Chetodon Croissant

Select your print and framing options

8"x10" 19 of 20 available
$24

Custom Frame Learn more

14.0x16.5 - Black - Matted      OUR PICK

14.0x16.5 - White - Matted

Shipping available within the US only

11"x14" 100 of 100 available
$60

Custom Frame Learn more

16.5x19.5 - Black - Matted      OUR PICK

16.5x19.5 - White - Matted

Shipping available within the US only

16"x20" 20 of 20 available
$240

Custom Frame Learn more

22.5x27.5 - Black - Matted      OUR PICK

22.5x27.5 - White - Matted

Shipping available within the US only

Artist Statement

 

The Chetodon croissant, better known to us as the raccoon butterflyfish, is native to the Indo-Pacific region. It is widely spread, found as far as East and South Africa to the Hawaiian islands. It’s a nocturnal species that usually lives in small groups, feeding mainly on soft-bodied molluscs and small invertebrates as well as algae and coral polyps. Its English name comes from its distinct markings around the eyes, similar to those of a raccoon.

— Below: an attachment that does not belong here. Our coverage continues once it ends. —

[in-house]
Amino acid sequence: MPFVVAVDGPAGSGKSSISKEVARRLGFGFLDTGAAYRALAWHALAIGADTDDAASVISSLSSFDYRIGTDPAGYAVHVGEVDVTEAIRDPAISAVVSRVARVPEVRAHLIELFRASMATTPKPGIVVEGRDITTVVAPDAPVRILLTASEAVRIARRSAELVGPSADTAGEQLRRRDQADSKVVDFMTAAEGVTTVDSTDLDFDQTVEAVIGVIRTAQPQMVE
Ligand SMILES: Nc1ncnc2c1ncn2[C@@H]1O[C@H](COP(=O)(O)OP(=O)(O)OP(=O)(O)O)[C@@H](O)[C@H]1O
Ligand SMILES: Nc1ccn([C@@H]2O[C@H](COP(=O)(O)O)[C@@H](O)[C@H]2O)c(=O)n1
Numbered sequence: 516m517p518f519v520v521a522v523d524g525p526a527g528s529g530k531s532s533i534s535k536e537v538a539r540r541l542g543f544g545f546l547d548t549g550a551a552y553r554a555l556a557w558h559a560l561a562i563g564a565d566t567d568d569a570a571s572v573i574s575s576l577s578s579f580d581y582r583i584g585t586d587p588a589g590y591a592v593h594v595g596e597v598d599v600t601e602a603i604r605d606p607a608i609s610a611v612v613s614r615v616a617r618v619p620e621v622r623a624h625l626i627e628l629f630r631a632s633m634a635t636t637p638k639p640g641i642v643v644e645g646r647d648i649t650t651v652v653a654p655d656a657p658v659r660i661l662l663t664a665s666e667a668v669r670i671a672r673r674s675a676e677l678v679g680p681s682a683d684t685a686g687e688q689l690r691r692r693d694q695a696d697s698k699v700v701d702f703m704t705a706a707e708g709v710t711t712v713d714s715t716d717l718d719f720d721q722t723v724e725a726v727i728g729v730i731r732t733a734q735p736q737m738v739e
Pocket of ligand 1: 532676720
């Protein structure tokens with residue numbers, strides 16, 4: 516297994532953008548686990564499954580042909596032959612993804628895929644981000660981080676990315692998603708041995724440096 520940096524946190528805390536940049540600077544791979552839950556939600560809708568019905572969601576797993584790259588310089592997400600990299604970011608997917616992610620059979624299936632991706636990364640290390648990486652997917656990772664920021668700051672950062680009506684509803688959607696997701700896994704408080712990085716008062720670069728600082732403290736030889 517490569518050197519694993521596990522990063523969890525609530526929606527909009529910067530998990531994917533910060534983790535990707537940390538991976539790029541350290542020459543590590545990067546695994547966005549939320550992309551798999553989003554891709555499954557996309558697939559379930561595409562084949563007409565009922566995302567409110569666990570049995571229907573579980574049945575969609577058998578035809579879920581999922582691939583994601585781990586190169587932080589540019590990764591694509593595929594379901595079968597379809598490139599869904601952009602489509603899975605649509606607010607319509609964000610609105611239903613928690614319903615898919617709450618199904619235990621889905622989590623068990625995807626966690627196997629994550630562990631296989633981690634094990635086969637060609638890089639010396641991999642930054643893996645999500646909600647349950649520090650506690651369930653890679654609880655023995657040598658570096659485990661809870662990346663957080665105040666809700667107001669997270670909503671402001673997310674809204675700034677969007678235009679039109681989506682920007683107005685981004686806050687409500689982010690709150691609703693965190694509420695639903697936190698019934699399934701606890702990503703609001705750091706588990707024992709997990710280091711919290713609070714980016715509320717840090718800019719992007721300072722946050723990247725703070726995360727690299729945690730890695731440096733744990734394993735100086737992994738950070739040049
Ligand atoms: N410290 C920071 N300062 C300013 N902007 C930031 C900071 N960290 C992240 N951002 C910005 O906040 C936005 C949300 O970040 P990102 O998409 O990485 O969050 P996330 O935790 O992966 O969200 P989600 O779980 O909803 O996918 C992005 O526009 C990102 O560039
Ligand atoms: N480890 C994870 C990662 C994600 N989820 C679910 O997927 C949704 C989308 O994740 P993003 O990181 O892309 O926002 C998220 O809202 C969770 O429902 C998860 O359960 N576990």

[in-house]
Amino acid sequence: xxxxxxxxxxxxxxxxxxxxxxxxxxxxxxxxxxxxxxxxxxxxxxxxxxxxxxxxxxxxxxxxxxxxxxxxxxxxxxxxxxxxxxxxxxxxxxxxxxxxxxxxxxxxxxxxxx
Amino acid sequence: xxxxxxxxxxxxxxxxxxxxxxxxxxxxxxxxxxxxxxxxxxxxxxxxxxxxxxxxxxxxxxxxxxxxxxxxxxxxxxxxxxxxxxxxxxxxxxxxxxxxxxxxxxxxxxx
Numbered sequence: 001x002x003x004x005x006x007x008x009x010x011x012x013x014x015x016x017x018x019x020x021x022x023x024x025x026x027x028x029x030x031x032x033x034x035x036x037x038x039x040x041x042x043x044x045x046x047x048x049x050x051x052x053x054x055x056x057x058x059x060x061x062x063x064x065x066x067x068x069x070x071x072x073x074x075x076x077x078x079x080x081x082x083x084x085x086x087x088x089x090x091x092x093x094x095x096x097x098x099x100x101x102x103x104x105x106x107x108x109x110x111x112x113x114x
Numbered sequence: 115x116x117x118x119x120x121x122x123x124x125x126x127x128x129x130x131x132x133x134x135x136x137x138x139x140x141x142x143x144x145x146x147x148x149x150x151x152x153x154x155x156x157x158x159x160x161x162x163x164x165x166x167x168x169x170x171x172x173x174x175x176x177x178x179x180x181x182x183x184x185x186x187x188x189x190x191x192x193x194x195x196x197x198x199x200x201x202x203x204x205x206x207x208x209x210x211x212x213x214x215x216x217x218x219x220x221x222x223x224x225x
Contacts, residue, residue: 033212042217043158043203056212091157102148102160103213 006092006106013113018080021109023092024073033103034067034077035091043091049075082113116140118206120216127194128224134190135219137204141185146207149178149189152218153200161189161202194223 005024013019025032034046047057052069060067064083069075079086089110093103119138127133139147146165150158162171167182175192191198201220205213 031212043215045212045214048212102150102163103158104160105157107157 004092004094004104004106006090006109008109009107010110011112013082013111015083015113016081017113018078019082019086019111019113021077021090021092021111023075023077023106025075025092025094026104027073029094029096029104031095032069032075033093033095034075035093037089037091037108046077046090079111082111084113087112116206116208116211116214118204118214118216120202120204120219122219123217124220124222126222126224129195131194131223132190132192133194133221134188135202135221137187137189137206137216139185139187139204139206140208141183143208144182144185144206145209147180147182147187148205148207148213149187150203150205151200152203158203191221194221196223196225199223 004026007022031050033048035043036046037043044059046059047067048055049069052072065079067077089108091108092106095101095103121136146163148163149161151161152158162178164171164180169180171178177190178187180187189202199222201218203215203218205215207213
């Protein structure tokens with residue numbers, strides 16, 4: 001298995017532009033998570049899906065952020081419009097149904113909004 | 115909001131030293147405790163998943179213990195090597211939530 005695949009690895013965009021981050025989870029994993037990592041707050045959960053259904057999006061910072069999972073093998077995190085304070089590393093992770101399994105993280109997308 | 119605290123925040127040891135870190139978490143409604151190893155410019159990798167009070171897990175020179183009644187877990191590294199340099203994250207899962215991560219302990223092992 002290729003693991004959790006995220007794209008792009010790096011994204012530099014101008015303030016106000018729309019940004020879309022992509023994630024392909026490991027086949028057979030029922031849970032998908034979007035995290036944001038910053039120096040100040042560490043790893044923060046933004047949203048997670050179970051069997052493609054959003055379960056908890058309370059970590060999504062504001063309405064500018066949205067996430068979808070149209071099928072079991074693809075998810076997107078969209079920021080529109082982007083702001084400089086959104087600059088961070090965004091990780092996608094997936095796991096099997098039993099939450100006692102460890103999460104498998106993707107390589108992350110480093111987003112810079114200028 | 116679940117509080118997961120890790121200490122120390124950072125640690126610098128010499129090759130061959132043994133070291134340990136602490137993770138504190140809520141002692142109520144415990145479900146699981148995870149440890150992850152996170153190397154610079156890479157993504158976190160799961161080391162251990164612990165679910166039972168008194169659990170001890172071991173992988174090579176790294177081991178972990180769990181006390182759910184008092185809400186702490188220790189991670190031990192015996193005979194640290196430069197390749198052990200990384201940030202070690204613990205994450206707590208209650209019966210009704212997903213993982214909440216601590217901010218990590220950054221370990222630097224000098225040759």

This illustration is found in Histoire naturelle des poissons, a multi-volume collection compiled by Georges Cuvier and Achille Valenciennes. Cuvier was a major figure in the natural sciences, establishing the fields of comparative anatomy and paleontology by incorporating both living species and fossils into the existing taxonomy system. His work also revealed extinction to be fact, when previously it had been considered merely controversial speculation. Cuvier is best known for his book Le Règne Animal, or The Animal Kingdom, published in 1817. However, his researches on fish had begun as early as 1801. With the help of Achilles Valenciennes, who carried on the project after Cuvier’s death in 1832, he published the twenty-two volumes of Histoire naturelle des poissons between 1828 and 1849. The books contained descriptions of nearly 5,000 species of fish.

 

Vintage Editions | See All Editions

 

For our Vintage Editions series, our curators scour historical archives for both timeless classics and heretofore unseen gems. These images come back to life as exhibition-quality prints now available to everyone. As a bonus, purchasing equals patronage: sales from Vintage Edition prints go towards supporting our growing roster of artists.